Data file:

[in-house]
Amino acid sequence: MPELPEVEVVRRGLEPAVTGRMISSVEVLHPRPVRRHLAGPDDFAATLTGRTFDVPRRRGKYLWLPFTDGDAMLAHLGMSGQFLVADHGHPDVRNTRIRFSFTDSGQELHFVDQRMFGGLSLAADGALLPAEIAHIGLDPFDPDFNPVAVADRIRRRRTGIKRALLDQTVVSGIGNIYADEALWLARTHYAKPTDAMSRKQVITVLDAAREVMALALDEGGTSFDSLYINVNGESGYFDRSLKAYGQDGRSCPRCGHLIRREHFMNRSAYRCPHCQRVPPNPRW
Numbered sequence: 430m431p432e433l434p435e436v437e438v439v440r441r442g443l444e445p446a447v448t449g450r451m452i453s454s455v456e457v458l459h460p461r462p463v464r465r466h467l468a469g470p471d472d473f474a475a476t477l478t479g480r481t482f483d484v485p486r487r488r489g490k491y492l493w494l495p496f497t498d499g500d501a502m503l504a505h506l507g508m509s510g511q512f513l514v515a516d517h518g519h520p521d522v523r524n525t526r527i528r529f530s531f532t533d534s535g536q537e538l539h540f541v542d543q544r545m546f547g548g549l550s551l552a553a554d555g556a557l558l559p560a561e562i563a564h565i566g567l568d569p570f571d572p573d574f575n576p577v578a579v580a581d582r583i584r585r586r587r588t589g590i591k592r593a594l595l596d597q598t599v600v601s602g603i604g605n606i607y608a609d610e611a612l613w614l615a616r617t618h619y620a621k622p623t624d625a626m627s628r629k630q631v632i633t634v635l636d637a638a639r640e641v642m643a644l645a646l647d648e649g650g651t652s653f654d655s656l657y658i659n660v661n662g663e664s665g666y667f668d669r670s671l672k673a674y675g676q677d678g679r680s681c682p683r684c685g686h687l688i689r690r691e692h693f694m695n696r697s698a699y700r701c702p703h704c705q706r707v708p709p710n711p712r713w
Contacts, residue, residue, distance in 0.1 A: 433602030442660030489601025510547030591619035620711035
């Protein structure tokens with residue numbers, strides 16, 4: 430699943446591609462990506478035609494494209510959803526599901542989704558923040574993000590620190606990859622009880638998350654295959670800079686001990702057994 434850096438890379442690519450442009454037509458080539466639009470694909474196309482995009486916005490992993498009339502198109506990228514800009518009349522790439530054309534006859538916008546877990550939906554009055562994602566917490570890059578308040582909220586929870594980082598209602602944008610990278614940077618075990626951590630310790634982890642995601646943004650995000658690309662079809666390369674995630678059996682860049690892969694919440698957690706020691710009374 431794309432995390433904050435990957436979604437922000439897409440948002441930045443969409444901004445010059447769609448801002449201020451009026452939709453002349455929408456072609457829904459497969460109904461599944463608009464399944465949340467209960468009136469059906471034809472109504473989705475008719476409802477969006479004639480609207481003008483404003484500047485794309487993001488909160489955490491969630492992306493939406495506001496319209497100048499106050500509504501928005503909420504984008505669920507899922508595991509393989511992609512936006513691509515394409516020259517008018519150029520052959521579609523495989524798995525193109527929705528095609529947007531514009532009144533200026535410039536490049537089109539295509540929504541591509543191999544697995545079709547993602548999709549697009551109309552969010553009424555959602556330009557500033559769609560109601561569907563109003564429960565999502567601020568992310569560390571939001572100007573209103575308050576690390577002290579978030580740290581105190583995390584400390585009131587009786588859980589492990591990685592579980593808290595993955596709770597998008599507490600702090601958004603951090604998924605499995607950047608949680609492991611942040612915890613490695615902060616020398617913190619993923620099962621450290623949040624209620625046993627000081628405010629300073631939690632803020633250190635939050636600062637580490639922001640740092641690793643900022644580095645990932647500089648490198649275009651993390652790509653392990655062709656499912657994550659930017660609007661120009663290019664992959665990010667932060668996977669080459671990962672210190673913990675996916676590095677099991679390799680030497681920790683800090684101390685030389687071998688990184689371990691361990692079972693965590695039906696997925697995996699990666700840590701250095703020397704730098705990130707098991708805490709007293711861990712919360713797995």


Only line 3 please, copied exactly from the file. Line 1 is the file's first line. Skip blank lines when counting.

Numbered sequence: 430m431p432e433l434p435e436v437e438v439v440r441r442g443l444e445p446a447v448t449g450r451m452i453s454s455v456e457v458l459h460p461r462p463v464r465r466h467l468a469g470p471d472d473f474a475a476t477l478t479g480r481t482f483d484v485p486r487r488r489g490k491y492l493w494l495p496f497t498d499g500d501a502m503l504a505h506l507g508m509s510g511q512f513l514v515a516d517h518g519h520p521d522v523r524n525t526r527i528r529f530s531f532t533d534s535g536q537e538l539h540f541v542d543q544r545m546f547g548g549l550s551l552a553a554d555g556a557l558l559p560a561e562i563a564h565i566g567l568d569p570f571d572p573d574f575n576p577v578a579v580a581d582r583i584r585r586r587r588t589g590i591k592r593a594l595l596d597q598t599v600v601s602g603i604g605n606i607y608a609d610e611a612l613w614l615a616r617t618h619y620a621k622p623t624d625a626m627s628r629k630q631v632i633t634v635l636d637a638a639r640e641v642m643a644l645a646l647d648e649g650g651t652s653f654d655s656l657y658i659n660v661n662g663e664s665g666y667f668d669r670s671l672k673a674y675g676q677d678g679r680s681c682p683r684c685g686h687l688i689r690r691e692h693f694m695n696r697s698a699y700r701c702p703h704c705q706r707v708p709p710n711p712r713w